Focus is not something that comes naturally to me and for many other artists as well. As someone who can master most things that are handmade its easy to get distracted. Writing a thesis was particularly excruciating, because I had so many interests and thought I could make them all somehow connect. It was truly exhausting Focus is important and here are some ways that I wish someone had spelled out to me to develop focus.
1- What is the topic you're exploring?
Can you tackle it in 1-2 sentences? Do your friends eyes glaze over as you explain what you’re doing? Can grandma understand what you’re saying? Chances are no one is getting it and neither are you. Ideas in our minds take time to articulate clearly in a verbal manner. Take the time to go through what exactly you’re exploring and researching. There’s no need for flowery language, in fact I would caution against flowery language because it usually shows that you don’t know what you’re talking about. However, its good to at some point to determine what exactly you’re looking for and articulate it in a concise manner. When you begin to get deeper into research you can always go back to the sentences and ask yourself if the research fits under the umbrella of your sentences. If it doesn’t promptly discard it. Which brings me to my next point.
2- Determine what’s important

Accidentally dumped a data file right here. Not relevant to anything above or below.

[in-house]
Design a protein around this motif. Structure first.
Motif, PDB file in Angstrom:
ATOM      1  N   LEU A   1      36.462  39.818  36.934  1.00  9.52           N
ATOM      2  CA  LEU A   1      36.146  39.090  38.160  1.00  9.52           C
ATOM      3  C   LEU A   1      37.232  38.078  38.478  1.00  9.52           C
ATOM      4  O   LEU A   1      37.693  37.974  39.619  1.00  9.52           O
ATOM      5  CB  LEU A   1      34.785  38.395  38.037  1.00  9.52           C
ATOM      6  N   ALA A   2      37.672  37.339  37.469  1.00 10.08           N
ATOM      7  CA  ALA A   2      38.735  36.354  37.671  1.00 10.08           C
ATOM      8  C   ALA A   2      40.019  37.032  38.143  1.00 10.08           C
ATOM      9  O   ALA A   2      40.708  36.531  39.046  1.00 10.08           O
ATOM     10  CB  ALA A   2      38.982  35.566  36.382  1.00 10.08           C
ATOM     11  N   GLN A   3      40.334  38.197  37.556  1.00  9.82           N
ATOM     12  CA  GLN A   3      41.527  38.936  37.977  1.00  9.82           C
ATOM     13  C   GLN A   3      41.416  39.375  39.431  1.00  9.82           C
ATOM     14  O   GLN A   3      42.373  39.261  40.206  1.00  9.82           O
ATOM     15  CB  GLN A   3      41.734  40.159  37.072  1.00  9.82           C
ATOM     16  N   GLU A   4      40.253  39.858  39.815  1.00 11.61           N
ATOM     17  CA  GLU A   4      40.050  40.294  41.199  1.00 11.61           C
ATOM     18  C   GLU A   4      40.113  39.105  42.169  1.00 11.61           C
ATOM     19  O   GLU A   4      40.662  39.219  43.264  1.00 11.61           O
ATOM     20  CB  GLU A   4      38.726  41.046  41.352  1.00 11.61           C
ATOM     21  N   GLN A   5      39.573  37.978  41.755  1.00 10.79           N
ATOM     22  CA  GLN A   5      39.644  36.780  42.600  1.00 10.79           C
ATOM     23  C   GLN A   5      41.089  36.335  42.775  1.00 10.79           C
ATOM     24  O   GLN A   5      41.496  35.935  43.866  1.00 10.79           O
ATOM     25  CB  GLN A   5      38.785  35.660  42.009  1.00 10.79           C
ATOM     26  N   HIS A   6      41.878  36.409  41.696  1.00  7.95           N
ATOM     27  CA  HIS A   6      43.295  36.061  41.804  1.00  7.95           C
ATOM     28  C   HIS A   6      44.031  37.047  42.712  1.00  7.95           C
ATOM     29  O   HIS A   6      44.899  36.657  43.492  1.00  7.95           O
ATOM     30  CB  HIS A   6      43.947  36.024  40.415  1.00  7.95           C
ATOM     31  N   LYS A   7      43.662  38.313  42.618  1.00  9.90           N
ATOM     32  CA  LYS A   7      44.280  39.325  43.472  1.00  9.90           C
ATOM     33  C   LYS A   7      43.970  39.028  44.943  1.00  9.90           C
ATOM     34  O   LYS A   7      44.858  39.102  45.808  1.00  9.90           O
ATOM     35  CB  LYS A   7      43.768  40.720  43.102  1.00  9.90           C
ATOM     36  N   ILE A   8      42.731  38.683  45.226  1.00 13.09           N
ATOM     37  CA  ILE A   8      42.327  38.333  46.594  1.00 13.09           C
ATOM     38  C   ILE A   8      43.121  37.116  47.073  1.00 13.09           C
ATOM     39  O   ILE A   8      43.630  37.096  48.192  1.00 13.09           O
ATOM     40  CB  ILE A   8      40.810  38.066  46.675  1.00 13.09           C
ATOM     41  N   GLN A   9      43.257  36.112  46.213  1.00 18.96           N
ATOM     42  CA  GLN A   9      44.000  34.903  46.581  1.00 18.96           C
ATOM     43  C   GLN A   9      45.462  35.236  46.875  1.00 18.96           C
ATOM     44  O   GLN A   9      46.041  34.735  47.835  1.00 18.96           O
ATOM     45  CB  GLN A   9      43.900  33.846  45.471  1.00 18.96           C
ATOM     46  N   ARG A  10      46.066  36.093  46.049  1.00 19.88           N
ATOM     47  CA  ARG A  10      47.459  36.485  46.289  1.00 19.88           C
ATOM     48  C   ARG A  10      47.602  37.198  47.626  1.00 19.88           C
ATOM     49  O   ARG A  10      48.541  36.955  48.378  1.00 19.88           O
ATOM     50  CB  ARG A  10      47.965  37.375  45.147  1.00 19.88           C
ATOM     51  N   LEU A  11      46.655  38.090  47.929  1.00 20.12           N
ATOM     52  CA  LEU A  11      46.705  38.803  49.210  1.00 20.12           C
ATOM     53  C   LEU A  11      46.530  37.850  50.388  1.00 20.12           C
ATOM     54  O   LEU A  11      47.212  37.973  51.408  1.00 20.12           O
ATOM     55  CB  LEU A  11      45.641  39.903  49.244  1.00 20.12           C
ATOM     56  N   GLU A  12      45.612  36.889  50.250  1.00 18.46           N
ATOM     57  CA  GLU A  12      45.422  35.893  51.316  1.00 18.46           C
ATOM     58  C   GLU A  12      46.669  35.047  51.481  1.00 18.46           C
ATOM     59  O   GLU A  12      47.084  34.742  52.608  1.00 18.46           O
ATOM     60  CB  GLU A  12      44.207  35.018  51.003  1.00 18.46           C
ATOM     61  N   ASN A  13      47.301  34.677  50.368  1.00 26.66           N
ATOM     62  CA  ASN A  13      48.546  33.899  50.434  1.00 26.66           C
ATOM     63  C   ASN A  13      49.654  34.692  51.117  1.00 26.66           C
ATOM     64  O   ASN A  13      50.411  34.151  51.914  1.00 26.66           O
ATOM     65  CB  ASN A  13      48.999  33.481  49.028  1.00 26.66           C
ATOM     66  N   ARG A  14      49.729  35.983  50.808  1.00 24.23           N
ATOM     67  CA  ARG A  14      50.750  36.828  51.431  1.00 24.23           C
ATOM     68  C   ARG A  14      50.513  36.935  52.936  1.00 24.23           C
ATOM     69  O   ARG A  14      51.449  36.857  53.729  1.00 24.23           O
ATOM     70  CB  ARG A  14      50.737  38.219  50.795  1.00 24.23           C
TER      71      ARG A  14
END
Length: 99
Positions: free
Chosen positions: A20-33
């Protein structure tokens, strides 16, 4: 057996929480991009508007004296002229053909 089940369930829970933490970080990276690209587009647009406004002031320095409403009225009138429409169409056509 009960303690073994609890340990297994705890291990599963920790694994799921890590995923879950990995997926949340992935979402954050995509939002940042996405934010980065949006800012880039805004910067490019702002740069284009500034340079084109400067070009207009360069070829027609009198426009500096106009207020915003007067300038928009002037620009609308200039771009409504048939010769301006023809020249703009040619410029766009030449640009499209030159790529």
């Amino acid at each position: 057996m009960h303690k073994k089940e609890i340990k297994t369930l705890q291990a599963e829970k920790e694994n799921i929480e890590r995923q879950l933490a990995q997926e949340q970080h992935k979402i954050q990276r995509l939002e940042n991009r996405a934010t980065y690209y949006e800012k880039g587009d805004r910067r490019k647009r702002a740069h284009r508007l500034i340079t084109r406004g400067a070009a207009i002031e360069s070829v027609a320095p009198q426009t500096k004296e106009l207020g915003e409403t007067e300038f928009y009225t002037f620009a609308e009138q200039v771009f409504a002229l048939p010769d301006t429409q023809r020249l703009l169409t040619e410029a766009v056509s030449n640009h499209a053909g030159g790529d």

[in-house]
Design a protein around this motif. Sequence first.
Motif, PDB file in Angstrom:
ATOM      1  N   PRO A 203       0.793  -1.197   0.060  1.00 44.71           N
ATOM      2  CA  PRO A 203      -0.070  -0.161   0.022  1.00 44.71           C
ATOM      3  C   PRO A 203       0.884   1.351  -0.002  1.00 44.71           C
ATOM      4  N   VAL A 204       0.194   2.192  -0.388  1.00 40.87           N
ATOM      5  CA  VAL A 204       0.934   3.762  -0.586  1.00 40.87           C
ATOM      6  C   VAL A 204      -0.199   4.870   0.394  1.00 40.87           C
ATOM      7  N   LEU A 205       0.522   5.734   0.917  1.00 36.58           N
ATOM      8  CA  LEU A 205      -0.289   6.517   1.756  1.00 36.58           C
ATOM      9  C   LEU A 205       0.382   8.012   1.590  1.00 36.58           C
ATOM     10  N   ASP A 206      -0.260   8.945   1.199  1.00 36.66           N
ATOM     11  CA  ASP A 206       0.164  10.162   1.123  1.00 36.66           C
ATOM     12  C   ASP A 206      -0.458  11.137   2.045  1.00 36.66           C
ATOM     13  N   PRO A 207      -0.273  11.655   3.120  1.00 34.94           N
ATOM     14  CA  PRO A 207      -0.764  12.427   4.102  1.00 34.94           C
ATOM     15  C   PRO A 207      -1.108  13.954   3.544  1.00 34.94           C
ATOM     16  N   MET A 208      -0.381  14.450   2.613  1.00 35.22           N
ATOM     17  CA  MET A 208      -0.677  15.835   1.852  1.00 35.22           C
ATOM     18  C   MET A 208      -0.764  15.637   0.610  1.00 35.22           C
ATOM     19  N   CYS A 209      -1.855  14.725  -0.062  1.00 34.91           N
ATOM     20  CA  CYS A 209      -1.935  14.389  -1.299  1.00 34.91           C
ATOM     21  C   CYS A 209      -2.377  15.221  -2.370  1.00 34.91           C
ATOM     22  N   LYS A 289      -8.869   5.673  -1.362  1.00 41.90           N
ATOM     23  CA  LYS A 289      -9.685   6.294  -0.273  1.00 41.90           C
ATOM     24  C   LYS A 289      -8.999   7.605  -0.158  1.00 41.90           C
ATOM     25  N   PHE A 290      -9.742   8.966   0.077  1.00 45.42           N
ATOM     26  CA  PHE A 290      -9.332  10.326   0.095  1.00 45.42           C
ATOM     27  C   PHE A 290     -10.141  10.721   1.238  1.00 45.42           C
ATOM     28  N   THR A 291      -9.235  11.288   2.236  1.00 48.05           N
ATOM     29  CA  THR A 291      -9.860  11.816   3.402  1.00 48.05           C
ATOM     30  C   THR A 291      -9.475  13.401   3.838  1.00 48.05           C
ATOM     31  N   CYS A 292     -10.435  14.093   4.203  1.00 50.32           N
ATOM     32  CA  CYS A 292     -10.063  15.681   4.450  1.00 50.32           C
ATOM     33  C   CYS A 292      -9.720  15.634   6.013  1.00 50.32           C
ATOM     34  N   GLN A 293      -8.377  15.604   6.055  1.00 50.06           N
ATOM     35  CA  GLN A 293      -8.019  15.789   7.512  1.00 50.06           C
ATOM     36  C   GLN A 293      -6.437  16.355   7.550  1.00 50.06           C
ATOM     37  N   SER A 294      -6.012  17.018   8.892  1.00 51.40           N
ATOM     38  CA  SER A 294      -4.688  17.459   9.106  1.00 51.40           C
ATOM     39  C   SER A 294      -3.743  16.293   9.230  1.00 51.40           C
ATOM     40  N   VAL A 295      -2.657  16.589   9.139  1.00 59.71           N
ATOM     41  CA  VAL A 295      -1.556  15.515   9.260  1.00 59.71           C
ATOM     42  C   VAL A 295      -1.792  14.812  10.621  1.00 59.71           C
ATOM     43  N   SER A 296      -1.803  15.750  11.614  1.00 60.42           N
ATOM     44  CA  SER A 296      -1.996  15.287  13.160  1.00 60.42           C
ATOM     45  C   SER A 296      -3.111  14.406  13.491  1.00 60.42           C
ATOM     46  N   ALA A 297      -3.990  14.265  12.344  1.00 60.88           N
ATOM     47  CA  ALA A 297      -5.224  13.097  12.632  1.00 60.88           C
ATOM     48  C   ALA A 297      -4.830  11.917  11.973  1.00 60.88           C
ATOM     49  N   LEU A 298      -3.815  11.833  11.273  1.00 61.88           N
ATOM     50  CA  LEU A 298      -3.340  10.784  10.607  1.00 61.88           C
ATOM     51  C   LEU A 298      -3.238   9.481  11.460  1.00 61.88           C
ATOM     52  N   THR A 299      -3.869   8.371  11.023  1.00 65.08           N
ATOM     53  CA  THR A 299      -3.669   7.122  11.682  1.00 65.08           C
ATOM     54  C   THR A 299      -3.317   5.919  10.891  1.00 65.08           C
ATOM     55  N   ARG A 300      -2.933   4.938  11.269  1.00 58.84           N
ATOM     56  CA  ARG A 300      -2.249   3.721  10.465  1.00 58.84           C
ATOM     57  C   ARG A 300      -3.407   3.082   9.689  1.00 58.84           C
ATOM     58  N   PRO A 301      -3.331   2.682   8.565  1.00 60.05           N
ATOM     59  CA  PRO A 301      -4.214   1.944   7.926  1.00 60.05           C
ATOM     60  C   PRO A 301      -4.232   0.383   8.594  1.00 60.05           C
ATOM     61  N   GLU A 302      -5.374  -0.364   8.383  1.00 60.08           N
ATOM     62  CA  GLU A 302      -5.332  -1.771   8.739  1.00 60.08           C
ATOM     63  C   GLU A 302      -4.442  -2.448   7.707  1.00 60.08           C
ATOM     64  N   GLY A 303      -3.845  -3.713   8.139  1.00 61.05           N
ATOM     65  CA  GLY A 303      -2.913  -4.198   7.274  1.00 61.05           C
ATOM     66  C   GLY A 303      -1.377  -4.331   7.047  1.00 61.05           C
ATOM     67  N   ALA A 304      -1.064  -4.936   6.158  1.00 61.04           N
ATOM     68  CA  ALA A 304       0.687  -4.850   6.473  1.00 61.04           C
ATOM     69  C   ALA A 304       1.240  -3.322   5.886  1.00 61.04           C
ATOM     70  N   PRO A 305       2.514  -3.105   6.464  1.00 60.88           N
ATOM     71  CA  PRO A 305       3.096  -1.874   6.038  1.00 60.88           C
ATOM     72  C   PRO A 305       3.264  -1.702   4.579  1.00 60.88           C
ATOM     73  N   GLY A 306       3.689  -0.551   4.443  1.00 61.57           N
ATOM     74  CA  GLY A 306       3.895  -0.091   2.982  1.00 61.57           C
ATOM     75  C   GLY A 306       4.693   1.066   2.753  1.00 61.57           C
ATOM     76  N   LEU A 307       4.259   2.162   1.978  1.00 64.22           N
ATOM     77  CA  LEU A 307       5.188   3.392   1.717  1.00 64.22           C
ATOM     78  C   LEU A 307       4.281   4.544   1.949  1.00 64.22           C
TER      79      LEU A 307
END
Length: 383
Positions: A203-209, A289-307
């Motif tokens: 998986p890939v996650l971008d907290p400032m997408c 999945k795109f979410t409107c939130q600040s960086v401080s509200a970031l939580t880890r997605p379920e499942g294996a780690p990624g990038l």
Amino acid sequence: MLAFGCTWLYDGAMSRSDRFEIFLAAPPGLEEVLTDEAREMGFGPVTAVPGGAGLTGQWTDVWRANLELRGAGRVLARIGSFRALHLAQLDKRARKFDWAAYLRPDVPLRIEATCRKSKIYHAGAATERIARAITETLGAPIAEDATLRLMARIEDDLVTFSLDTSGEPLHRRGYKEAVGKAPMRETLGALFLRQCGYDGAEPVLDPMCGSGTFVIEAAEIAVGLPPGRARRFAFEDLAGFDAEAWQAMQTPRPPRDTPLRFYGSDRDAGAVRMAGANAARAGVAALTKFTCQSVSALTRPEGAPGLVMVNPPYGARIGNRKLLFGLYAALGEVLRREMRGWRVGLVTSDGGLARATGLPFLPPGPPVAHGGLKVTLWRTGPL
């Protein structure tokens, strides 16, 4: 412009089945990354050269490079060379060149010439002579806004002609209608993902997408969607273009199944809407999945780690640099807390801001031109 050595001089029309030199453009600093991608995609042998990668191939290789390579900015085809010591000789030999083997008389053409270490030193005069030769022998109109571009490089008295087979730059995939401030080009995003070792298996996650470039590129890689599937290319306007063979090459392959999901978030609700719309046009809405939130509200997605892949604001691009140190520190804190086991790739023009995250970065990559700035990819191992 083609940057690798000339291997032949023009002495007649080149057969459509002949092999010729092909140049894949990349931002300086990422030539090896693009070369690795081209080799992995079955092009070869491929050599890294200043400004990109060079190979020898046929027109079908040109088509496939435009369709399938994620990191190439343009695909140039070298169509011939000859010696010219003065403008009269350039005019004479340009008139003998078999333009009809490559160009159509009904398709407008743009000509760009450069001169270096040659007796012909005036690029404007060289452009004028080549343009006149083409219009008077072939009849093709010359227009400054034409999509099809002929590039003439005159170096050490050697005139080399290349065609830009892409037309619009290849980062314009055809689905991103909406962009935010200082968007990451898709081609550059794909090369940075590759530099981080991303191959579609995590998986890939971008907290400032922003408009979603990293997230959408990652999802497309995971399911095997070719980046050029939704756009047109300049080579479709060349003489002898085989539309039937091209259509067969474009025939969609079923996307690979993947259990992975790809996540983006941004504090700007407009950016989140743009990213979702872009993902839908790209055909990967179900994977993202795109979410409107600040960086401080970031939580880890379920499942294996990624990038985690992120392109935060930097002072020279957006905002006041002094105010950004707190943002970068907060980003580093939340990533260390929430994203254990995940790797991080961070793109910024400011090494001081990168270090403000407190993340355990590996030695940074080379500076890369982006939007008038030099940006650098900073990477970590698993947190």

I am no stranger to idea and research overwhelm. While its easy to see how may things can connect into your topic not everything will mesh well. Its like trying to find pieces in a puzzle, sometimes a piece seems like it may fit, but there’s a little bit of forcing going on. Pick things that flow well and that you can explain. Don’t try and cram too many things under the umbrella of your topic/issue/exploration. Keep it to 2-3 things max that all relate together in a smooth flowing fashion for both your audience to understand and for you to have less headaches in disseminating/articulating. ( I did not do this and in retrospect really regret that I didn’t tone down all the conceptual relationships as it made writing and expressing my ideas very difficult).
3- Keep something for later
As you’re in the midst of building research for a body of work and in the cycle of research/explore/discover that process actually sets you up for a lot of information and inspiration. While you may have narrowed down some topics that relate to your main idea or thesis new information has cropped up and diverting your attention. Make the decision to set it aside and keep it for later. All of these ideas flying at you are fun and exciting and while you may be like bee buzzing from one flower to the next, this is actually damaging to your practice and takes up a lot of your creative energy. Put it in a notebook/sketchbook, get it out of your head otherwise it will continue to take up space, and save it for later. I repeat, save it for later.
I hope this helps guide you into bringing some focus into your practice and writing. Think of your idea as a finely sharpened point thats been whittled down from a large piece of wood. If you discard something you can always recuperate it, but simpler tends to be better.
Oh hello, welcome to my blog, hacking a BFA. Is it an academic blog or is it just an art blog? I don't really know. Some of this might be relevant to art students only, some of it relevant to art amateurs......does it really matter? I invite you to treat this blog as an art buffet. If you want something more in depth...its here, something more geared to art newbies....it's here. Enjoy!
Melissa Cayford is an artist, designer and educator bent on making art and art education more accessible.